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  • Boston Herald: Storm stalls jury selection in Tim Cahill trial

    By Laurel J. Sweet Former state Treasurer Timothy P. Cahill and his ex-campaign manager Scott Campbell will have to wait at least another day and possibly longer before their trial gets under way, after the courts cancelled appearances for unseated jurors in today’s storm. The Quincy residents are accused of spending $1.5 million in taxpayer-funded Lottery monies as part of a thinly veiled ...
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  • Federal Plea Bargains: Not Always Such a Great Deal

    Because a substantial percentage of my criminal defense work in Boston involves federal clients and federal charges, I was not surprised to read in last week’s Wall Street Journal ("WSJ") that approximately 97% of all federal criminal cases that are prosecuted to a conclusion are resolved these days via plea bargains. According to the WSJ, this represents an astounding 13% increase from the 84% ...
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  • Not CSI-Fi: In the wake of Annie Dookhan revelations CSI stands for Chemist’s State Investigation

    Over the last few years, I’ve been pretty open about my disdain for television’s endless "CSI" series, which continue to propagate and regenerate like insect larvae. Fully funded and level-staffed city crime labs? Spotless state-of-the-art and futuristic equipment? Gleaming crime labs and dazzling cover-girl quality technicians? And of course, chemists, techs and scientists who inexplicably ...
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  • Boston Herald: Tim Cahill’s Lawyers Fight to Toss Case Over Lottery Ads

    Former state Treasurer Tim Cahill’s lawyers argued yesterday the criminal charges that he used $1.8 million in state funds to make thinly veiled campaign ads should be dropped, telling a Suffolk Superior Court judge that Cahill just did what all pols do - all the way up to the president of the United States. But prosecutors countered that Cahill went well beyond normal political opportunism, ...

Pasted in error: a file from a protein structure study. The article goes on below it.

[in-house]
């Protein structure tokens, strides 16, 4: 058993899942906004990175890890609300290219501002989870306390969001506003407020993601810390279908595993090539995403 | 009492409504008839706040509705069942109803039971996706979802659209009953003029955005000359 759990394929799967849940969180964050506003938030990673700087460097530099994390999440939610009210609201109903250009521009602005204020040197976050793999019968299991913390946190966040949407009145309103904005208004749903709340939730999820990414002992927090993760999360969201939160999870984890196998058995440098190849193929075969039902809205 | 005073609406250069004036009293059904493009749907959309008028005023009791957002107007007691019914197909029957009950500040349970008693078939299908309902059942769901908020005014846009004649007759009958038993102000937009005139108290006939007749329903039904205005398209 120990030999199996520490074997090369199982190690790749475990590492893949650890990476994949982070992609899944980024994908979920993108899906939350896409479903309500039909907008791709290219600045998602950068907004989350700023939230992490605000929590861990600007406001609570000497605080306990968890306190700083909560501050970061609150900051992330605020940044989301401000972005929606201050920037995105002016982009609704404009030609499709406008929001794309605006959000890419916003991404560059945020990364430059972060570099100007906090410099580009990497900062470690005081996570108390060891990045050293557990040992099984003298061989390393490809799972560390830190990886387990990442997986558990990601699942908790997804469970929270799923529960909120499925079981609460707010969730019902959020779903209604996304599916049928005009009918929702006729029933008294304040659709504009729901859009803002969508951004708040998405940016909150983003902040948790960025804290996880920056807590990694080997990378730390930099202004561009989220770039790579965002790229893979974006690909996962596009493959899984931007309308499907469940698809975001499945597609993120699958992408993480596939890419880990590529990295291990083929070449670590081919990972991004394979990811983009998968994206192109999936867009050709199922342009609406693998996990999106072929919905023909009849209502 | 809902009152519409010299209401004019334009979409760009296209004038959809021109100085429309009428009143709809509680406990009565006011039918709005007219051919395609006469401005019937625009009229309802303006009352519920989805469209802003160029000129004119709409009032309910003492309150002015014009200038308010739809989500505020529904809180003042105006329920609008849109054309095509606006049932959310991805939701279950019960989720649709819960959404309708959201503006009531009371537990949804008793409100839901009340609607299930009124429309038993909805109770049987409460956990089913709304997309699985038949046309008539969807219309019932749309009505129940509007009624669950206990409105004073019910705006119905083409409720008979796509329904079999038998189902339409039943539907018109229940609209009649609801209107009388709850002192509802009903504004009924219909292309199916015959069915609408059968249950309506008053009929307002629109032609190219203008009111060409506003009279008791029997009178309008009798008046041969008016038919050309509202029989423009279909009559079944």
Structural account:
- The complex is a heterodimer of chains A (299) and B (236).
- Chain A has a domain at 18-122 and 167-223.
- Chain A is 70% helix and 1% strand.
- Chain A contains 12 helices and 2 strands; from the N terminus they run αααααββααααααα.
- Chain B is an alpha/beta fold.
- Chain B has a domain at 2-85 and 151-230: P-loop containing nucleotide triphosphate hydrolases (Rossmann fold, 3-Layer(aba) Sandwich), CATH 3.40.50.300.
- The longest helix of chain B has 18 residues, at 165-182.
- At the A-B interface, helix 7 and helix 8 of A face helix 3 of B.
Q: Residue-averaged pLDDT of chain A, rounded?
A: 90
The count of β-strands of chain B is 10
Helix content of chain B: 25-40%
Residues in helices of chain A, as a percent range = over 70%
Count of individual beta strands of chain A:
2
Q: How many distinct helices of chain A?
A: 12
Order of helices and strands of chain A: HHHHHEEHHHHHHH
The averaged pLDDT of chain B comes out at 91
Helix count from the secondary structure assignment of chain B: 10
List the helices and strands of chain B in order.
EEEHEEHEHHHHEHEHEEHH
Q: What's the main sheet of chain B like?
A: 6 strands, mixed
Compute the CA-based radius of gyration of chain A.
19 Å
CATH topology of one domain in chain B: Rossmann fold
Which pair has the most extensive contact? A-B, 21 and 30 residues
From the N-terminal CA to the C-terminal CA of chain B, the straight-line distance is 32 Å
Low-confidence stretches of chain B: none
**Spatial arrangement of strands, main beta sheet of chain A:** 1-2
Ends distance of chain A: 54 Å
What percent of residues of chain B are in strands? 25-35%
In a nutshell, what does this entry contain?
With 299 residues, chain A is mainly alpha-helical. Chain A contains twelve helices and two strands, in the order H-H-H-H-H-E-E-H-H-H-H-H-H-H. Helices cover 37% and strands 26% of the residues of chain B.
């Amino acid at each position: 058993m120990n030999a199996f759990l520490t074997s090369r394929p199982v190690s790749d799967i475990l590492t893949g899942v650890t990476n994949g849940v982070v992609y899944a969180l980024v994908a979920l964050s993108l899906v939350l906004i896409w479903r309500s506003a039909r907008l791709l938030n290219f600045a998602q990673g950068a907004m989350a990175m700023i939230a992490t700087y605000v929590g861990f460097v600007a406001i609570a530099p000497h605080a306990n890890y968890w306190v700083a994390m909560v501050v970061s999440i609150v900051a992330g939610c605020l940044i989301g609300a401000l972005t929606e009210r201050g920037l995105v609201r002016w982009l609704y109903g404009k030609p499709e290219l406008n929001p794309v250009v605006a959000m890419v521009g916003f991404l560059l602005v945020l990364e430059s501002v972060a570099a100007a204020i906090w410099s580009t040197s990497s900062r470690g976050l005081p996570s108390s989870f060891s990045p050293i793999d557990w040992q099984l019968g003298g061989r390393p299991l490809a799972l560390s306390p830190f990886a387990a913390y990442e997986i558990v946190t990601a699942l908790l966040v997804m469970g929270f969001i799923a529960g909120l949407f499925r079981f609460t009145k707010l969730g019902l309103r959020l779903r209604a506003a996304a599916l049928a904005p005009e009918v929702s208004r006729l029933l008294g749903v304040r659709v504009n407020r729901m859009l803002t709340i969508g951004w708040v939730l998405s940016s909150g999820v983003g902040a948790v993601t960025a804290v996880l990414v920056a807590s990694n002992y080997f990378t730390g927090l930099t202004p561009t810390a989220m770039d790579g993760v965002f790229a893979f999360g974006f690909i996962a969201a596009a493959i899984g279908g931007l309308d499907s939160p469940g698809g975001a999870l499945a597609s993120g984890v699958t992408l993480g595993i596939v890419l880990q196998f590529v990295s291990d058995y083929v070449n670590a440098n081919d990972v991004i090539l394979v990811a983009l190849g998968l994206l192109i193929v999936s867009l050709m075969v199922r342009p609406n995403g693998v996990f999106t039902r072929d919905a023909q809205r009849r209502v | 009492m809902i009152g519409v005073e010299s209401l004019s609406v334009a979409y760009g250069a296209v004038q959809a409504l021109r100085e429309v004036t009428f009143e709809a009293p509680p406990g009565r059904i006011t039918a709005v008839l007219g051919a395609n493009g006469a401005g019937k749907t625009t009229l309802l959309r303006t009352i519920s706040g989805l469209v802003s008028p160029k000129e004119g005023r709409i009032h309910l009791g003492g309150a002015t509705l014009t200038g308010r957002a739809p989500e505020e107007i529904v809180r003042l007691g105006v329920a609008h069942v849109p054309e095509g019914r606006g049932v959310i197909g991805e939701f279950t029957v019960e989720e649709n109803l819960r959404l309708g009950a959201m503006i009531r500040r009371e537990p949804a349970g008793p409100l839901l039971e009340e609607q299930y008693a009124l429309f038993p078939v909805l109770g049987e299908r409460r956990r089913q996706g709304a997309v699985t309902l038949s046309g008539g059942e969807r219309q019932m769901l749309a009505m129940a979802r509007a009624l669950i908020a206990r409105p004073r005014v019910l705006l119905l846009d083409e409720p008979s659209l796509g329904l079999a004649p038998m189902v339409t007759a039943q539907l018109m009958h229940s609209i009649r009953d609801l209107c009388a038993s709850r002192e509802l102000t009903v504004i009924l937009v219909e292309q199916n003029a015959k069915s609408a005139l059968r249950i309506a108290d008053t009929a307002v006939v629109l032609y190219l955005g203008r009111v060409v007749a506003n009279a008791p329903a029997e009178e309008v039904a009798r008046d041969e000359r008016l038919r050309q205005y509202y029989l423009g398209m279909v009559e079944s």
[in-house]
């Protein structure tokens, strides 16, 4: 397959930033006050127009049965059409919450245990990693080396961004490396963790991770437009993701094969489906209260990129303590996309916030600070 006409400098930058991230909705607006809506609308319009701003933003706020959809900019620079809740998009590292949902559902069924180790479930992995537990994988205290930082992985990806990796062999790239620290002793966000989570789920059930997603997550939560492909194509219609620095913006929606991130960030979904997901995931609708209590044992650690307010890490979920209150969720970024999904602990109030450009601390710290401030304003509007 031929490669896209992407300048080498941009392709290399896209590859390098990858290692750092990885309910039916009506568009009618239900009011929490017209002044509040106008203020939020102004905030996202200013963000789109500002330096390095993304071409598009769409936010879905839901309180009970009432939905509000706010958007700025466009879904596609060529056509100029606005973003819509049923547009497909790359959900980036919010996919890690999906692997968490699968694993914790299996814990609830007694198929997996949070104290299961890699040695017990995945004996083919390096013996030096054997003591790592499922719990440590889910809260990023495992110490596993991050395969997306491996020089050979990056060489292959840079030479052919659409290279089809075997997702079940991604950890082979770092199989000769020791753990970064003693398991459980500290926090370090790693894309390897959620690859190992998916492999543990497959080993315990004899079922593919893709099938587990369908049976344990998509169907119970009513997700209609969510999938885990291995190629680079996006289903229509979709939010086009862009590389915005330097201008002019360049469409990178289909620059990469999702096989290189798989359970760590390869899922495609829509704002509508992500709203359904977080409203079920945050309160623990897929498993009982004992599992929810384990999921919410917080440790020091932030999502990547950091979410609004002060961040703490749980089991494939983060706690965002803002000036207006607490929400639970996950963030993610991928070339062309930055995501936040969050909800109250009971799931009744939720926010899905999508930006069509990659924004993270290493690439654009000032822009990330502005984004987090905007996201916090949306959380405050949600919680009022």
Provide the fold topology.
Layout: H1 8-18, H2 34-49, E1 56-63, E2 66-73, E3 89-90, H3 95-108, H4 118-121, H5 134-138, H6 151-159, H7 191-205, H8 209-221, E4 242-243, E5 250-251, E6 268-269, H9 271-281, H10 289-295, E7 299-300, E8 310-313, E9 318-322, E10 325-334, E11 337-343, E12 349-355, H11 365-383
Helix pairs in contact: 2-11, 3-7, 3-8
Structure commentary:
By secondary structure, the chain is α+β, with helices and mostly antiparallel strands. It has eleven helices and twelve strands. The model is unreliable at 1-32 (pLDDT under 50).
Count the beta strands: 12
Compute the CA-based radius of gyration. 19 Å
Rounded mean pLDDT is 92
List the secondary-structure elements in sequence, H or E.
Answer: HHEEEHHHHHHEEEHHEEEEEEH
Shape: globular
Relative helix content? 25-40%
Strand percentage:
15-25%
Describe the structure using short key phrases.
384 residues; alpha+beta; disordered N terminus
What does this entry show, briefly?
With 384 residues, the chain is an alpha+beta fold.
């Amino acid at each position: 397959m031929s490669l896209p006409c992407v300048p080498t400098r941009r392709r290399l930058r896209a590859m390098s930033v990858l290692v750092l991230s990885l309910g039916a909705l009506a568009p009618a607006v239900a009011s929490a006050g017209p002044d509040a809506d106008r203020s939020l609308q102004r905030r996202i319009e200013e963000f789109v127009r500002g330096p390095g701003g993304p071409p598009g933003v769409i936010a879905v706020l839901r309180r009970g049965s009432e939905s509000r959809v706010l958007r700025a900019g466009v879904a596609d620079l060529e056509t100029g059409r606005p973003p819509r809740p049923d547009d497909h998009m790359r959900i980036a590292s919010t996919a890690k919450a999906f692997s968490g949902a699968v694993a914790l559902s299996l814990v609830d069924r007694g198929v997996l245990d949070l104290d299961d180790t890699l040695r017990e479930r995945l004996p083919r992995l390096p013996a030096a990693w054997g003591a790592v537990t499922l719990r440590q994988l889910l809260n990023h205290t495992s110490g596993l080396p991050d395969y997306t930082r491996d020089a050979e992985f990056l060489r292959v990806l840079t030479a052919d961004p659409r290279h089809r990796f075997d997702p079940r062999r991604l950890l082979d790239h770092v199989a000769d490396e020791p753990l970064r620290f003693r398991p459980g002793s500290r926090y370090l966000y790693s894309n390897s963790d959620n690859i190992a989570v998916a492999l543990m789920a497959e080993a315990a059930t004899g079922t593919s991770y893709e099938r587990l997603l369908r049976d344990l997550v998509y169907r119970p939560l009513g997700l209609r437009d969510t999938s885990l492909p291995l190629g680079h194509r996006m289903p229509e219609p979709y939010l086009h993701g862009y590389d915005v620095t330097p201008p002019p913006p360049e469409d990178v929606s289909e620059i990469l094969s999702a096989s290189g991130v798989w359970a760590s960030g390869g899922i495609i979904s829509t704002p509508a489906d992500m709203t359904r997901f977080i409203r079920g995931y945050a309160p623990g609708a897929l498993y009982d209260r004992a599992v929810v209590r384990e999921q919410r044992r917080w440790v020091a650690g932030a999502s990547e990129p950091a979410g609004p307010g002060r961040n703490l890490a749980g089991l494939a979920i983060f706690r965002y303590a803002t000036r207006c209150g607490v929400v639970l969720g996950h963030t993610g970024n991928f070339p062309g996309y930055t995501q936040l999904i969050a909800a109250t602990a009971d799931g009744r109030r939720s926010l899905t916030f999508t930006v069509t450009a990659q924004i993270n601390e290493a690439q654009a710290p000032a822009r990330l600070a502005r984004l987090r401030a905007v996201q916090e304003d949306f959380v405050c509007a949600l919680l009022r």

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  • I’m Not Lying – Taking a Police Polygraph is About as Useful as a Screen Door on a Submarine

    Okay, so I admit I’ve never been a big fan of lie detectors (polygraphs). Maybe it’s because more than 25 years ago as a young felony prosecutor I was able to easily, and effectively, eviscerate a defense polygraph expert to such a degree that his testimony was virtually unusable in a long-forgotten state kidnapping case. Or maybe it’s because as an experienced criminal defense attorney who does ...
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  • How Un-Enticing Allegations Can Be Defended: Child Enticement Cases

    Federal charges were recently filed in United States District Court in Boston against a Northbridge, MA attorney. The federal charges include allegations of possession and/or dissemination of child pornography, as well as enticement of a child. As an experienced criminal defense attorney who’s handled many sex crime s cases on both the state and federal level involving the same or similar charges, ...
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  • Law Enforcement’s Personal Foursquare? – 6th Cir Rules Warrantless GPS Tracking of Cell Phones Legal

    Earlier this year I wrote about the 4 th Amendment/privacy/suppression issues being decided by the Supreme Court in United States v. Jones . As I, and other criminal defense lawyers had hoped, SCOTUS ultimately ruled in that case that the police’s surreptitious installation of a GPS tracking device on Jones’ vehicle without a warrant was unconstitutional and that any evidence obtained as a result ...